Sonoma County spending on tourism tops $2B, but wildfire recovery is a factor, report says
Sonoma County’s tourism industry contributed $2.2 billion to the region’s economy last year, Sonoma County Tourism, the county’s destination marketing organization, announced Tuesday.
According to the findings, visitor spending in Sonoma County rose 4.4% to nearly $2.2 billion from 2017 to 2018. It also showed a 6.7% increase, or $194.8 million, in travel-generated state and local tax revenues. Of that, visitors generated $102.1 million for Sonoma County to fund local services.
Without the tax revenues generated by travel spending, each Sonoma County household would have to pay an additional $890 in taxes to maintain state and local services, according to Sonoma County Tourism and Visit California, per Dean Runyon and Associates’ data.
Claudia Vecchio, president and CEO of Sonoma County Tourism, said the 2018 figures don’t reflect a typical year for the region’s tourism economy. Each year, the agency commissions the report provided through Visit California’s partnership with Dean Runyan and Associates.
“In the 18 months following the 2017 wildfires, tourism in Sonoma County experienced a time unlike any in our history,” Vecchio said. “Traditional performance metrics, such as the STR report of lodging rates and occupancy, were monitored but did not convey the full picture of the challenges faced by the tourism industry during this rebuilding time period.”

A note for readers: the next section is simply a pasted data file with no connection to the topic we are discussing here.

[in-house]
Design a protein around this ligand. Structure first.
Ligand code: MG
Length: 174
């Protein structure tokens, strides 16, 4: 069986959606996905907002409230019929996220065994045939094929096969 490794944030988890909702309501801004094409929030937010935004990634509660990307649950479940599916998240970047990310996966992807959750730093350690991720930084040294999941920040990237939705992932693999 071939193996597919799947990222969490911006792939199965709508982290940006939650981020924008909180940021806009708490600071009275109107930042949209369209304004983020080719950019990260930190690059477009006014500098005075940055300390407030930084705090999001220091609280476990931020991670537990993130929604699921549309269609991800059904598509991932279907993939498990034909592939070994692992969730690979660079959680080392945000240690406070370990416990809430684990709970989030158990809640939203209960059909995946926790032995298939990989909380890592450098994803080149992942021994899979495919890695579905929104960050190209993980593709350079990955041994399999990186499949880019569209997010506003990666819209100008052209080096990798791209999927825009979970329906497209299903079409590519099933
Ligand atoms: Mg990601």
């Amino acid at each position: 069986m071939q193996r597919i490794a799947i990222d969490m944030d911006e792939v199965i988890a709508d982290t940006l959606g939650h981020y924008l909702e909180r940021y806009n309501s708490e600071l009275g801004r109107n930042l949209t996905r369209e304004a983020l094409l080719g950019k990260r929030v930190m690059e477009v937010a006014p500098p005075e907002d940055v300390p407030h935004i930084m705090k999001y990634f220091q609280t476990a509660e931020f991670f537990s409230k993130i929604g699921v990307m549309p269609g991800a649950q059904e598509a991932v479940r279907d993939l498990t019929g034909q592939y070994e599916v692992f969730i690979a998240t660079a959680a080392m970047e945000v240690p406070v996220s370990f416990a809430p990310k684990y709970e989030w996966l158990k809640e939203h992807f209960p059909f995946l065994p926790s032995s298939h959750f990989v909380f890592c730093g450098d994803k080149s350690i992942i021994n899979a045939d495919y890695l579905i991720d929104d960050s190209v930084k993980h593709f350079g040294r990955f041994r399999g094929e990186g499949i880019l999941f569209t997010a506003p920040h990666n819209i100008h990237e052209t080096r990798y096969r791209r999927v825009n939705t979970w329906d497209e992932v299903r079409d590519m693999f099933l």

In addition, even though area lodging properties were full, many of the occupants were people displaced from having lost their homes in the fires, or workers employed by construction and rebuilding companies, she said.
“This makes any economic impact numbers for 2018 outside the normal reporting environment,” Vecchio said.
Joe Bartolomei, chairman of Sonoma County Tourism's board of directors, echoed Vecchio’s thoughts.
“While we are pleased that tourism continues to drive strong economic activity, we know the industry has worked harder during the past 18 months than ever before,” Bartolomei said. “Tourism is an integral part of all our communities and we’re working to ensure our businesses and employees have the support needed to succeed.” Sonoma County’s hospitality industry employs more than 22,000 people.
In addition to releasing the county’s 2018 economic report, Sonoma County Tourism also is participating in National Travel and Tourism Week (May 5-11) with the launch of its Power of Tourism webpage and third annual Tourism Cares volunteering event. Set for Thursday, May 9, agency volunteers will work on getting Spring Lake Regional Park ready for the summer season, according to Nicole Bradin, director of community engagement for Sonoma County Tourism.
“Since (Tourism Cares’) inception, 240 volunteers have worked 760 hours at more than 15 events,” she said.